and/or accrued; and third, if any, to any outstanding principal. In addition, ABC
will receive, at maturity or upon an earlier repayment in full of both the
Debenture and Line of Credit, as an additional payment of interest, an amount
equal thirty percent (30%) of GRRMs accumulated annual cash flows calculated
Green River Rod Makers Alec Johnson, Ph.D., University of St. Thomas 10

as follow: pre-tax earnings, for each fiscal year through the term of the Debenture,
before any allowance for depreciation and amortization expense; interest other
than that paid or incurred to ABC under the Debenture and Line of Credit.

b) Line of Credit: Interest on the Line of Credit shall be payable at the rate of
fourteen percent per annum (14%) paid monthly.

7) Collateral. GRRMs and the Principals obligations to ABC under the Line of Credit
and Debenture shall be secured by the following:
a) A UCC-1 first security interest, in all tangible and intangible property now owned
or acquired in the future including without limitation: accounts receivable
together with all instruments, notes, claims, choses in action and other types of
obligations arising therefrom, inventory, machinery, equipment, real property,
other tangible and intangible property, patents, trademarks, and all future credit
balances and reserves, goods, merchandise, other property in GRRMs possession.
b) A first mortgage on the land and buildings, approximately 200 acres, currently
owned by Burt Stanski in Green River, Vermont. Such property currently houses
the operations of Green River Rodmakers. Mr. Stanski shall provide ABC with a
copy of the existing mortgage on the property that shall be retired in full with the
proceeds of the Debenture at closing. On or before the date of the Closing,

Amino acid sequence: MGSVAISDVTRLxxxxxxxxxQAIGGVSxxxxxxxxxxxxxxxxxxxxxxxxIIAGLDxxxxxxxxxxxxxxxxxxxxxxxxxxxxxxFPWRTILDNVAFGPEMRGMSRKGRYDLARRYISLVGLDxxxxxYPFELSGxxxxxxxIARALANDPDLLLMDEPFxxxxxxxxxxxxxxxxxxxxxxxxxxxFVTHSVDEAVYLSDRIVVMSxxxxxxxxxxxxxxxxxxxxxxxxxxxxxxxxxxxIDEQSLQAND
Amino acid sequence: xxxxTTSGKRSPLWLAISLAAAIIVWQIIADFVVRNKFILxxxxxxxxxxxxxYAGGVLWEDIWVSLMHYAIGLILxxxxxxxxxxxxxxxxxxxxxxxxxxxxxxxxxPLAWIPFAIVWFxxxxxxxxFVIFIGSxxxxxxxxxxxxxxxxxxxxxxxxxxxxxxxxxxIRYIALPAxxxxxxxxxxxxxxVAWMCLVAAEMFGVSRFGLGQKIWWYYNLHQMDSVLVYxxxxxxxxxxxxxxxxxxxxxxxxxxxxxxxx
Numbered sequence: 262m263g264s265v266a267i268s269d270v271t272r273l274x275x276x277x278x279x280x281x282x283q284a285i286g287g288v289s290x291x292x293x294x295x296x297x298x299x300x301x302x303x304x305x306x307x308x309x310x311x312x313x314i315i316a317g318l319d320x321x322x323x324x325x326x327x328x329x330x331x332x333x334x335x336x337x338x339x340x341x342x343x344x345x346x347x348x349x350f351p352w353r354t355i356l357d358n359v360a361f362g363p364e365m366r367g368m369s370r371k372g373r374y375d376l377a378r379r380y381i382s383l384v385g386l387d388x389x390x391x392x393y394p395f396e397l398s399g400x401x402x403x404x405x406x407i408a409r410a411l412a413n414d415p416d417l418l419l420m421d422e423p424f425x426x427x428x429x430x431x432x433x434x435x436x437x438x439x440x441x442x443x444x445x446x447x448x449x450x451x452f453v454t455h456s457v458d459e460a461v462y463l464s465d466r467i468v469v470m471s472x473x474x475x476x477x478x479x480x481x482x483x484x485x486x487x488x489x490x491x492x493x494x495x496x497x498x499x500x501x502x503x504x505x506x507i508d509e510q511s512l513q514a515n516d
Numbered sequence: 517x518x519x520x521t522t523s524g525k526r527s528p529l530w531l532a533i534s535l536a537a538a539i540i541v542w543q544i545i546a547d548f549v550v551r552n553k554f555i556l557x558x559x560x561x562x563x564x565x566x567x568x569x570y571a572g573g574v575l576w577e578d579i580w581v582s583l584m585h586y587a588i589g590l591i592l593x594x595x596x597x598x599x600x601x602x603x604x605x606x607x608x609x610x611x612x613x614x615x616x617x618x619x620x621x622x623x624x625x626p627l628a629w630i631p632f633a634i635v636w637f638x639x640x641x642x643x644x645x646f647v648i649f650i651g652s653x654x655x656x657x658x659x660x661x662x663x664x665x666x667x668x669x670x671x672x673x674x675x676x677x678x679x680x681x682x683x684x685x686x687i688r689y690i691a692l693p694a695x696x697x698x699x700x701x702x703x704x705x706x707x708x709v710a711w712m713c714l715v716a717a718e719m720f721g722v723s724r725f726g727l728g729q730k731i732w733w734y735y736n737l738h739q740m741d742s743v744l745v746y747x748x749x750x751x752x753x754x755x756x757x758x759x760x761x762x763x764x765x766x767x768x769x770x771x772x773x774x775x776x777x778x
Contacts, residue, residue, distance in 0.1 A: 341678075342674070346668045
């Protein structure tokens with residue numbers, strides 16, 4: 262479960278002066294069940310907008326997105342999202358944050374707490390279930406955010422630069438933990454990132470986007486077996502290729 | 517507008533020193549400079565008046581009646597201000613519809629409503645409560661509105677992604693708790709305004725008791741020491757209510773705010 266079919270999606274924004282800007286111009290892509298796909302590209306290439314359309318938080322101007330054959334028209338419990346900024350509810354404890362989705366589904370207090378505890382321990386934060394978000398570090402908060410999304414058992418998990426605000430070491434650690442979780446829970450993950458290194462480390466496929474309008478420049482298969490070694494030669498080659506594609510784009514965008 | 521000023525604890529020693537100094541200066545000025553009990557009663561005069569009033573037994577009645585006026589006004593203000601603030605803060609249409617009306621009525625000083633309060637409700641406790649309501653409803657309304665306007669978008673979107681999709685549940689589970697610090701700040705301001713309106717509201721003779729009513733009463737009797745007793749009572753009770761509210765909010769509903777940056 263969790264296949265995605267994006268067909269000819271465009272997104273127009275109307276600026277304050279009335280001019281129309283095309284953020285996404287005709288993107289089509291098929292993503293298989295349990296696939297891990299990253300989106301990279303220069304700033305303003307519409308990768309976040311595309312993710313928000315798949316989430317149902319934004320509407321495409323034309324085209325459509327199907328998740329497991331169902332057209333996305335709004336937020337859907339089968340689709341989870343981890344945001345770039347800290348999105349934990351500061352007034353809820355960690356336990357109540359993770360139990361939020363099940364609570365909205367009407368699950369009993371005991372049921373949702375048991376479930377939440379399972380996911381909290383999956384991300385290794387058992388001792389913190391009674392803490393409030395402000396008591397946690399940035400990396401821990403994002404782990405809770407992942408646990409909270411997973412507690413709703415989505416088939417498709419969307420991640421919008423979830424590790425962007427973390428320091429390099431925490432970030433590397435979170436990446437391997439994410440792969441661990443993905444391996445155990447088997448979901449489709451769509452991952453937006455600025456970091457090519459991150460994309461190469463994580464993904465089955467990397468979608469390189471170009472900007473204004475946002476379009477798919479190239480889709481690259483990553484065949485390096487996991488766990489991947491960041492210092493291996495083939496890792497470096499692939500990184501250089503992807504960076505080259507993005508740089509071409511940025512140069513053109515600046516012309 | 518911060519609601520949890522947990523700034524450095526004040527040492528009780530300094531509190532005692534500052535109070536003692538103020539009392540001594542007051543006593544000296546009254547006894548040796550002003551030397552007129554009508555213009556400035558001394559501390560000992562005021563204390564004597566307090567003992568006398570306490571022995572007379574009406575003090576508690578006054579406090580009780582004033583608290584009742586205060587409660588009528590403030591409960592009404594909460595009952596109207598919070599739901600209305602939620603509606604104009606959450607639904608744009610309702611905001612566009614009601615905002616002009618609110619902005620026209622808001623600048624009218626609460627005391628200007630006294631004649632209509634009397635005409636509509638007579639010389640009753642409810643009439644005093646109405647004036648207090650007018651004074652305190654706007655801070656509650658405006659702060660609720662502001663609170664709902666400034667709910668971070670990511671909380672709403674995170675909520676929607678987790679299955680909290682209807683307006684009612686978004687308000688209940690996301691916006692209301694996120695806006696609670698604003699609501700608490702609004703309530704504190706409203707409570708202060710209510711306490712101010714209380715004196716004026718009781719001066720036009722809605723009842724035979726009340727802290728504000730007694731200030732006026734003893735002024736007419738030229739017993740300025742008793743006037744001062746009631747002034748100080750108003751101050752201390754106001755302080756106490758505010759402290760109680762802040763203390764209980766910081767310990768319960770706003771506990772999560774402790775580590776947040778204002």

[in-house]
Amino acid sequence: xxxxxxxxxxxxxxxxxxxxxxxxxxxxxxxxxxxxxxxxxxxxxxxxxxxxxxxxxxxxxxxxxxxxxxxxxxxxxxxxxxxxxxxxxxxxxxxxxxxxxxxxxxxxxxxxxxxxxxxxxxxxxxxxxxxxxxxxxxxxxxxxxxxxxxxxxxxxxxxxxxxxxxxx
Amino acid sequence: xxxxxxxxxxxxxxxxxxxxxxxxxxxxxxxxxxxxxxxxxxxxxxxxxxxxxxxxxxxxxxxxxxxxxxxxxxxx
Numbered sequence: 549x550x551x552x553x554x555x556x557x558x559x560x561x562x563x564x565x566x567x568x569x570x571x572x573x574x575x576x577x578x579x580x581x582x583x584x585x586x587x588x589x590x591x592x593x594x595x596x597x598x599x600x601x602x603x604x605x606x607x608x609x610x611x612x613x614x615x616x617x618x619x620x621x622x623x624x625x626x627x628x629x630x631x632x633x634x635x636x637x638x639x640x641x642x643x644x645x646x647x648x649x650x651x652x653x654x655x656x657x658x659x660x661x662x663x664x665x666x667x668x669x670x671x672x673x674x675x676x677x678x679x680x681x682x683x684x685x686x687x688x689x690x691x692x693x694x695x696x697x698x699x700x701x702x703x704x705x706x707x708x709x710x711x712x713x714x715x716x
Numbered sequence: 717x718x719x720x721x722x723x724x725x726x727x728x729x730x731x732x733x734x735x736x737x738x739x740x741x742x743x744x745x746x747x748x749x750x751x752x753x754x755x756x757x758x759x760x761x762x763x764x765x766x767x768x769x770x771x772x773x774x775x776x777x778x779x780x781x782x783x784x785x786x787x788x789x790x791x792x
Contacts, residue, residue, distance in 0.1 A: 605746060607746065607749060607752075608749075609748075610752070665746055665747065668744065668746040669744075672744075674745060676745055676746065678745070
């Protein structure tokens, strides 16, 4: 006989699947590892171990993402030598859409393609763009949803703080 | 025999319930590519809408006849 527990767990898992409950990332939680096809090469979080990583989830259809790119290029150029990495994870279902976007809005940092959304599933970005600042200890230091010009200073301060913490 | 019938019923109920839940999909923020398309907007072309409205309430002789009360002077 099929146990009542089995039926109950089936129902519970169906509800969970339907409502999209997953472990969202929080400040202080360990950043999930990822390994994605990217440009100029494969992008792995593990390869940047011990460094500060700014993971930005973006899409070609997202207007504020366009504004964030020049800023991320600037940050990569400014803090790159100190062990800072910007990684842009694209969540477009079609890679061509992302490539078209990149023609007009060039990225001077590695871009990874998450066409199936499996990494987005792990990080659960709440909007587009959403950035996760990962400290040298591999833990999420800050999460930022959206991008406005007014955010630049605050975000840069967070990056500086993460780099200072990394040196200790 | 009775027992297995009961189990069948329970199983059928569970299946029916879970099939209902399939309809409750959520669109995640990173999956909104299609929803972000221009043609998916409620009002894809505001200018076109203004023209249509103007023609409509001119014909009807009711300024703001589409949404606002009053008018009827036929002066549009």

GRRMs attorney shall provide ABC with: an opinion of title, obtained at the
GRRMs cost and expense, certifying that as of the date of the Closing the
GRRMs holds good and marketable title to the property subject only to the
existing first mortgage which shall be fully repaid at closing; and an ALTA title
insurance policy, obtained at GRRMs expense, insuring 150% of the interests of
ABCs first mortgage.
c) A second mortgage on the Principals personal residence that is located in
Richmond, New Hampshire. The Principals shall provide ABC with a copy of
their existing mortgage on their personal residence. ABC second mortgage shall
be subordinate to not more than One Hundred and Ten Thousand and No/100ths
Dollars ($110,000) of first mortgage debt. On or before the date of the Closing,
the Principals attorney shall provide ABC with: an opinion of title, obtained at
the Principals cost and expense, certifying that as of the date of the Closing the
Principals hold good and marketable title to their residence subject only to the
existing first mortgage; and an ALTA title insurance policy, obtained at the
Principals cost and expense, insuring 150% of the interests of ABCs second
mortgage. ABC shall agree in the event of a default, that BC shall proceed to
judgment against all other pledged collateral, however, for the first 90 days, ABC
shall look only to the other pledged collateral before looking to this mortgage for
collection of indebtedness.